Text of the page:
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Massachusetts Ruling: No Pet or Move-In Fees

In the recent Hermida v. Archstone Properties case, the judge ruled that Massachusetts landlords and property managers can't charge pet fees, move-in fees, amenity fees, etc.  Thoughts on this ruling?  Is it affecting your property management business?   More information about the case and ruling can be found here:

I can see why they want to curtail bogus "amenity" fees, but pet fees are totally legitimate, as pets invariably cause damage.  I think prohibiting pet fees is simply going to push more property managers and landlords to not accept pets at all, which isn't going to help anyone.   Like usual, well-intentioned regulations merely serve to bite everyone involved.
I have an owner-occupied, multi-unit house. I allow pets because I like them, I have one, and I know how hard it is to find decent housing that allows it. But, I do charge more if the person has a pet because even the best behaved pets cause more wear and tear to the apartment. Why should the landlord be penalized for being nice and allowing pets? Rules like this are just going to make landlords decide that pets aren't worth the trouble or cost.
@ Brian. Bad link.
The link worked for me. Make sure you don't include the period at the end of the sentence if you copy and paste.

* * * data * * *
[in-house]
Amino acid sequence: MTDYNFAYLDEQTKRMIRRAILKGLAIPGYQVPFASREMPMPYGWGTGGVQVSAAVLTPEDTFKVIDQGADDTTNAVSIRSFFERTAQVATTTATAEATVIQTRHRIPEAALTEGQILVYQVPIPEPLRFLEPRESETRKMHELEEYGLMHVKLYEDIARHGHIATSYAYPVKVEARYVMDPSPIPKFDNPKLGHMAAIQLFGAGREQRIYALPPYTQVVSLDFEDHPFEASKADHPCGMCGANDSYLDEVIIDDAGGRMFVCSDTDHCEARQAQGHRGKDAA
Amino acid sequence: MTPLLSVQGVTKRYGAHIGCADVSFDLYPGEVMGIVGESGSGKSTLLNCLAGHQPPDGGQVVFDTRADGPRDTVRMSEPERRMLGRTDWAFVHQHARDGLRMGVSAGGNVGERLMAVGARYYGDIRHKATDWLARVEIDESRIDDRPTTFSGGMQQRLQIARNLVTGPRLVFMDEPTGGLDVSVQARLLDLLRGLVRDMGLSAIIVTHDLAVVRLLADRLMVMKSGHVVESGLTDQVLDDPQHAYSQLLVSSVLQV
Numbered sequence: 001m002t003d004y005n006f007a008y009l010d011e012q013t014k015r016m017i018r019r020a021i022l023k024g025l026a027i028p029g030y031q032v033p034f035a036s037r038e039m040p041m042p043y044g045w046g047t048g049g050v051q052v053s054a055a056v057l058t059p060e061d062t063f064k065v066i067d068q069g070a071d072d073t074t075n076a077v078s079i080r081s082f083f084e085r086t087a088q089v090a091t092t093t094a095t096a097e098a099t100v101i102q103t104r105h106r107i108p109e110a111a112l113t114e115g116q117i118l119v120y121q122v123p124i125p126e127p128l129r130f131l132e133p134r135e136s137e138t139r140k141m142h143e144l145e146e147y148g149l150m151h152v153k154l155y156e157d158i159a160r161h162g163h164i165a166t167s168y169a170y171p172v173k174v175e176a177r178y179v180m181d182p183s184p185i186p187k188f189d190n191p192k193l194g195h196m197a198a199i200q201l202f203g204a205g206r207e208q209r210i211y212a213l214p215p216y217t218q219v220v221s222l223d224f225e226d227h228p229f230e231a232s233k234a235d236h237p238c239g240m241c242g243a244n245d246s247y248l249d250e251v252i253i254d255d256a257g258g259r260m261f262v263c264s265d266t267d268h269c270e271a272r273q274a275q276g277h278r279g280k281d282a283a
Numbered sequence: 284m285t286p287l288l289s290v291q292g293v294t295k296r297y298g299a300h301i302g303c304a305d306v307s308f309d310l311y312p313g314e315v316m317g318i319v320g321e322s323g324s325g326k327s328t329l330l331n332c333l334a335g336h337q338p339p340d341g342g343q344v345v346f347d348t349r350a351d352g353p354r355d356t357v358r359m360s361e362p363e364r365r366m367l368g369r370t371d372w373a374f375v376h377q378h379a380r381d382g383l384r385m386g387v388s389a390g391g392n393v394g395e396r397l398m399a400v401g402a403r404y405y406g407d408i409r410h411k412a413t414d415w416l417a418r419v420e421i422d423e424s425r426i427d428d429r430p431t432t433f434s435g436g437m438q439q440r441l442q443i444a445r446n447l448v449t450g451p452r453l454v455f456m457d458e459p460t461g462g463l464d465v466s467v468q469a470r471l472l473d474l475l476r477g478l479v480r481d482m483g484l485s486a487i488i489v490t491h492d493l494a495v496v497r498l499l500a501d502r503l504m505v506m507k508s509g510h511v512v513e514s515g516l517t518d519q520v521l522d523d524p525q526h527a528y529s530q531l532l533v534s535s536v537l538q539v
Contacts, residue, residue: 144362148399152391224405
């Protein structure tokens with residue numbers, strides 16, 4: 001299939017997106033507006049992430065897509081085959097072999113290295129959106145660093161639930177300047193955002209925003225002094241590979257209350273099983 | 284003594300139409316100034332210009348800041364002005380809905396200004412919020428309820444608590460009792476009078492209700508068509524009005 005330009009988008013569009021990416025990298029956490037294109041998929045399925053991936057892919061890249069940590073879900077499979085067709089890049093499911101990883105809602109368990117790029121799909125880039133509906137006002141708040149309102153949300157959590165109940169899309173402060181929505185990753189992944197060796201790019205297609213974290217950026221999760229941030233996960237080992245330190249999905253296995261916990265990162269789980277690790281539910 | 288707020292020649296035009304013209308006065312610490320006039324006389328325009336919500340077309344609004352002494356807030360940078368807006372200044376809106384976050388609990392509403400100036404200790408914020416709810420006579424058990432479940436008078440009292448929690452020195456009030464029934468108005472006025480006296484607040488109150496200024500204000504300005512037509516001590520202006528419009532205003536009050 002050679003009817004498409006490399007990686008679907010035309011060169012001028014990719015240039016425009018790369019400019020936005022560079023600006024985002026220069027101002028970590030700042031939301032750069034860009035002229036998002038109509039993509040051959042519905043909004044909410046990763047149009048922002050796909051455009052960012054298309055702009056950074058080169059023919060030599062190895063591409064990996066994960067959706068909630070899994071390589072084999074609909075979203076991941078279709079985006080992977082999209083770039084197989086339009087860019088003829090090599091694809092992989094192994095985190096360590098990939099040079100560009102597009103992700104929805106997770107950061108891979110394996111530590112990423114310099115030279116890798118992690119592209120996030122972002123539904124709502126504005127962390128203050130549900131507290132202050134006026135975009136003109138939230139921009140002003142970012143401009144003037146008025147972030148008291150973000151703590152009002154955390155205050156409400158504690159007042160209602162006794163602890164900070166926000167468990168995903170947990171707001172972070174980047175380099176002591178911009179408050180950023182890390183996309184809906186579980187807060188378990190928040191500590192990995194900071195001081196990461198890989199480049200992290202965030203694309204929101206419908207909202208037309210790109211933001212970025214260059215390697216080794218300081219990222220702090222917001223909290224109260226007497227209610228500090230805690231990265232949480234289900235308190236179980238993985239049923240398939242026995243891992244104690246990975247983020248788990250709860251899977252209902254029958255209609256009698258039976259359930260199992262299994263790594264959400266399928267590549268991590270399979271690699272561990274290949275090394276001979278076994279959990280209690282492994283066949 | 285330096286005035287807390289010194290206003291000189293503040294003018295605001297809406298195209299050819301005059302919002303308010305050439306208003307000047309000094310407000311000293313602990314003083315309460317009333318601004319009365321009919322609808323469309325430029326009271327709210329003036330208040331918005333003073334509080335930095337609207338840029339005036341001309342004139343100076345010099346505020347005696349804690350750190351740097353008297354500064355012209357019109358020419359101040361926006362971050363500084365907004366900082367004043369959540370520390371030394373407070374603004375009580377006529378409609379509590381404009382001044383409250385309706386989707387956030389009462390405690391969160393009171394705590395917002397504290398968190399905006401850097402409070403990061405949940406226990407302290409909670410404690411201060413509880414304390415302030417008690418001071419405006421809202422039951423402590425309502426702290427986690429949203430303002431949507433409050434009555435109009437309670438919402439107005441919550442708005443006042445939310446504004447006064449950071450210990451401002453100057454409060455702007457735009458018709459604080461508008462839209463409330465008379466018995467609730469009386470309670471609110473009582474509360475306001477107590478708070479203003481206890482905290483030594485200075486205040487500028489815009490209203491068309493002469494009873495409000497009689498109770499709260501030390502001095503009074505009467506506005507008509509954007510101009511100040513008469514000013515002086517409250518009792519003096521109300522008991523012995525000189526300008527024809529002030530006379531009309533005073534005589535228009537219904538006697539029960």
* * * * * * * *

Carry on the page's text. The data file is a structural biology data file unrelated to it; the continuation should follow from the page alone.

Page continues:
@ Brian. Bad link.
That works. Thanks
My attorney told me a year ago Pet Deposits are illegal in MA, but he also said that I can charge higher rent to compensate with no problem. Anyone wanting to  use this should check into it on their own, since it's only one lawyer saying it, but it may be a legal solutionfor those who want to rent to pet owners. I've been burned by so many irresponsible pet owners that I don't allow pets at all anymore. I have a few cats that are "grandfathered" in, but the day I walked into an abandoned 2nd floor unit and found eight 15 gallon totes of dog feces stored on the balcony did me in. And I work in the pet industry!
I'm not sure that's what the ruling was. (1) if you're referring to the application fee, the LL collected AFTER tenants were accepted. This is a clear violation. Why didn't LL collect prior to reviewing application? This makes more sense. (2) Amenity Fee - the tenant was not advised that the fee was optional. (3) as for the purchase and installation cost for a key and lock - why were they charged for this? Was this the cost for changing items after they move out? Or, was this something tenant requested after they moved in? If tenant requested, LL should have them install it at their cost. I saw nothing about pet fees.
From what I read, that particular decision did not specifically reference pet fees, however the lawyers are using the judge's decision to file a class action suit, which would cover all fees, including pet fees. They are saying that since pet fees are not included in the list of allowable fees that landlords may charge, that any landlord charging pet fees is in violation.
Wheeeew. I thought I need new glasses…LOL. A possible work around is with a pet addendum. To include (1) renters insurance to cover pets. Make sure insuance company includes LL and sends LL a copy. (2) Require tenant pay for having the property professionally check for urine on carpets, etc. And (3) have the place fumigated at tenants expense. I would charge the max amount of sec.dpst allowed.
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